Like counterparts at Facebook, CEO Jerry Yang plans to give developers more leeway in building tools designed to keep users on its pages longer
Last year it was the so-called Peanut Butter Manifesto, a sharply worded internal memo from a Yahoo! (YHOO) senior vice-president who criticized the company for its lack of focus and tendency to spread its resources too thin. The document became a testament to much of what had gone wrong at the Web portal.
This year, openness is the buzzword ringing through Yahoo's Sunnyvale (Calif.) campus, and executives hope it translates into a strategy that helps set fortunes right. In the months since Yahoo co-founder Jerry Yang replaced Terry Semel as chief executive officer, company leaders say they're newly focused on opening Yahoo's real estate to outside developers, who in turn can create tools that make Yahoo's pages more attractive to users.
Already the company has released the source codes for Yahoo's e-mail in hopes of letting third parties create small programs, known as widgets, that mesh with users' address books and other mail services. The company is also working with partners to create applications that let users embed non-Yahoo sites and services onto their personalized Yahoo homepage. Yahoo says such steps are only the beginning.
Under Yang, Yahoo is increasingly open to new ways of incorporating third-party content and social tools that keep users hanging out on the site, says Brad Garlinghouse, author of the Peanut Butter Manifesto and senior vice-president of communications, communities, and Front Doors.
Garlinghouse sees a future where Yahoo Mail could include a widget from Web invitation site Evite, a subsidiary of Yahoo competitor IAC/InterActive (IACI), that could let users share events with their Yahoo contact list. Garlinghouse also sees potential for Yahoo users to include links to profiles on social networks such as News Corp.'s (NWS) MySpace within new Yahoo profiles. "We are going to experiment, we are going to take more risks," Garlinghouse says.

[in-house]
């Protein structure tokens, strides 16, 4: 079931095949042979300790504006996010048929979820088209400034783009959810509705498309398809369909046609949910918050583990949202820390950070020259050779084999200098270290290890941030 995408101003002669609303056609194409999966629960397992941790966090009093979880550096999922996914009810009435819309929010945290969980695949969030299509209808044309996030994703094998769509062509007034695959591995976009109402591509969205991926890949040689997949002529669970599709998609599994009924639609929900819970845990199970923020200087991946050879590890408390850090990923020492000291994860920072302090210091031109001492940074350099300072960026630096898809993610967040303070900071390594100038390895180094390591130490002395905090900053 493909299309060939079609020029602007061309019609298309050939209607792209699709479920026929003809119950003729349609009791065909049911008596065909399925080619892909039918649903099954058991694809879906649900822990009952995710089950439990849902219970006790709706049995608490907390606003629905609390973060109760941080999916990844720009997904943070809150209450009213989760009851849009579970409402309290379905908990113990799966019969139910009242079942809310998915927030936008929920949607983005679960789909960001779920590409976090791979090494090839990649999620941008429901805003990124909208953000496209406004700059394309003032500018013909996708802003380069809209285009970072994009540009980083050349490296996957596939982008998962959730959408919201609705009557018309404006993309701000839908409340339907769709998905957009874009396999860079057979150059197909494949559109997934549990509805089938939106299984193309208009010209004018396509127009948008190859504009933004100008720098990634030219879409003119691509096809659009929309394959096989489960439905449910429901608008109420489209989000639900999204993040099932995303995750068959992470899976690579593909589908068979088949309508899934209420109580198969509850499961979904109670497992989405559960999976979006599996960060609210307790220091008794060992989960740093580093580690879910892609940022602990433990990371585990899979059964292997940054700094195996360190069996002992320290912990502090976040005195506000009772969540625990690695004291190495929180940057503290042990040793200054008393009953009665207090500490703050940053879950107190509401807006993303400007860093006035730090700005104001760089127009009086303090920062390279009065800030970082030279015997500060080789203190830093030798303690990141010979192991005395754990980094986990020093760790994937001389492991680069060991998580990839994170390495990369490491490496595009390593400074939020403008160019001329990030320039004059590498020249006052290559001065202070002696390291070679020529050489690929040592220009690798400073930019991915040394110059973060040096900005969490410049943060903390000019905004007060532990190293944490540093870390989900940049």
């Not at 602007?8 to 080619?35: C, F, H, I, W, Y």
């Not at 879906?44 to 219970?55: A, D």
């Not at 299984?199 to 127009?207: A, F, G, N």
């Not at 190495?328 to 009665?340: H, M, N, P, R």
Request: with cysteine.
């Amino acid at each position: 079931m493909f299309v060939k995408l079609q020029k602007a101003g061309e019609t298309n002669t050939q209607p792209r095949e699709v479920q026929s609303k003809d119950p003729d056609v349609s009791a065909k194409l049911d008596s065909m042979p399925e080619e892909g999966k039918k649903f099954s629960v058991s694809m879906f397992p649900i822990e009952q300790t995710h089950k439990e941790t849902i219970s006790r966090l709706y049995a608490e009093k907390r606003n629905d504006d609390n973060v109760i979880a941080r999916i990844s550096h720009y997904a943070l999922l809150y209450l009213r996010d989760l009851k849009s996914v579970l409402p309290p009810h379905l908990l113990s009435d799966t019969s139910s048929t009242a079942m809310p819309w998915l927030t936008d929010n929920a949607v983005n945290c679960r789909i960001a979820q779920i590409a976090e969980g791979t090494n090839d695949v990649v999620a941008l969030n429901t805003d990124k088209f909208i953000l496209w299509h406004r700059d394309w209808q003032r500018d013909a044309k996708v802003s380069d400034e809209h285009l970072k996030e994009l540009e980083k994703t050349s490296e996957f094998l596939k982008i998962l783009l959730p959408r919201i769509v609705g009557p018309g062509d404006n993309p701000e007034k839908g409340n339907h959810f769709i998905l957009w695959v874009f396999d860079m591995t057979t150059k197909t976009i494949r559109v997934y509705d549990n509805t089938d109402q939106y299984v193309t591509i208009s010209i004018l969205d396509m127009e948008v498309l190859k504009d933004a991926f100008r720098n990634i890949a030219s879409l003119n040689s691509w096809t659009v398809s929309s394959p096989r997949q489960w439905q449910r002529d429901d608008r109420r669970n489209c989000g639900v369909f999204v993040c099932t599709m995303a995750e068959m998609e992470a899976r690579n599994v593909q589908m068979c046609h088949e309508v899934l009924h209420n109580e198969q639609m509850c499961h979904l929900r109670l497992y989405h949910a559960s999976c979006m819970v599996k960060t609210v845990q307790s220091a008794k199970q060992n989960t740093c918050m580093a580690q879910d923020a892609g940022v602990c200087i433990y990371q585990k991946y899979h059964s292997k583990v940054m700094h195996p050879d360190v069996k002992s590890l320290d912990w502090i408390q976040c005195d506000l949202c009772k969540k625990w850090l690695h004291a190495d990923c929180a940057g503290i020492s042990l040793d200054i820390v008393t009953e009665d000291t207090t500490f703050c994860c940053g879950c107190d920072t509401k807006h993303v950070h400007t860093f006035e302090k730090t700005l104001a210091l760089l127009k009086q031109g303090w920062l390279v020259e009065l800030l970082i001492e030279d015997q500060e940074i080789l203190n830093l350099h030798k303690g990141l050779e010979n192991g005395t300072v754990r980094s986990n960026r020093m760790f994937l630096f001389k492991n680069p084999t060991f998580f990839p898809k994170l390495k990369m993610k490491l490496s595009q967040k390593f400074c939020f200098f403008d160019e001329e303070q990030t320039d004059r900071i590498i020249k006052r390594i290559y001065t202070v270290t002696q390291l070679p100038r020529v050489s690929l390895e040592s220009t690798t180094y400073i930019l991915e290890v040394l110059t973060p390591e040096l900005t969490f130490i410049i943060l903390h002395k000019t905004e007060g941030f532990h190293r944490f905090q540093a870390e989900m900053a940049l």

Yahoo's focus on openness is partly a proactive embracing of the consumer Web ethos, where users play a key role in creating content. And in part it's a defensive measure to keep from losing user attention to innovative up-and-comers. The early years of the Web were dominated by large portals like Yahoo and Microsoft's (MSFT) MSN that lured users by creating microcosms of the Internet within their own walls. New Web darlings such as Facebook and Bebo have risen to prominence by acknowledging they cannot build the best of everything. Instead these new sites let users bring fragments of their favorite destinations onto personalized pages within their sites.
It's not that Yahoo completely walled off its site. Yahoo began in 1995 as a directory of links to other sites. And even as Yahoo developed more of its own editorial content over the years, it has partnered with third-party creators for much of the information available on its pages.
But Yahoo brass say they are now taking openness to the next level. For example, the test version of the new My Yahoo lets users link to Google's (GOOG) e-mail service, Gmail. It also includes widgets—known in Yahoo-speak as "modules"—from partners such as Netflix (NFLX) and The New York Times (NYT) that let users choose to see movies and read stories from their customized homepages.
In the future, Yahoo plans to release source codes (known as APIs, or application programming interface codes) enabling a wide array of third parties to develop modules to personalize Yahoo users' surfing experience. For example, a user could choose to see a specific set of sports scores on a section of the Yahoo sports homepage. "We are trying to make Yahoo into more of an open platform that lots of people can plug into," says Scott Moore, head of news and information for Yahoo's Media Group.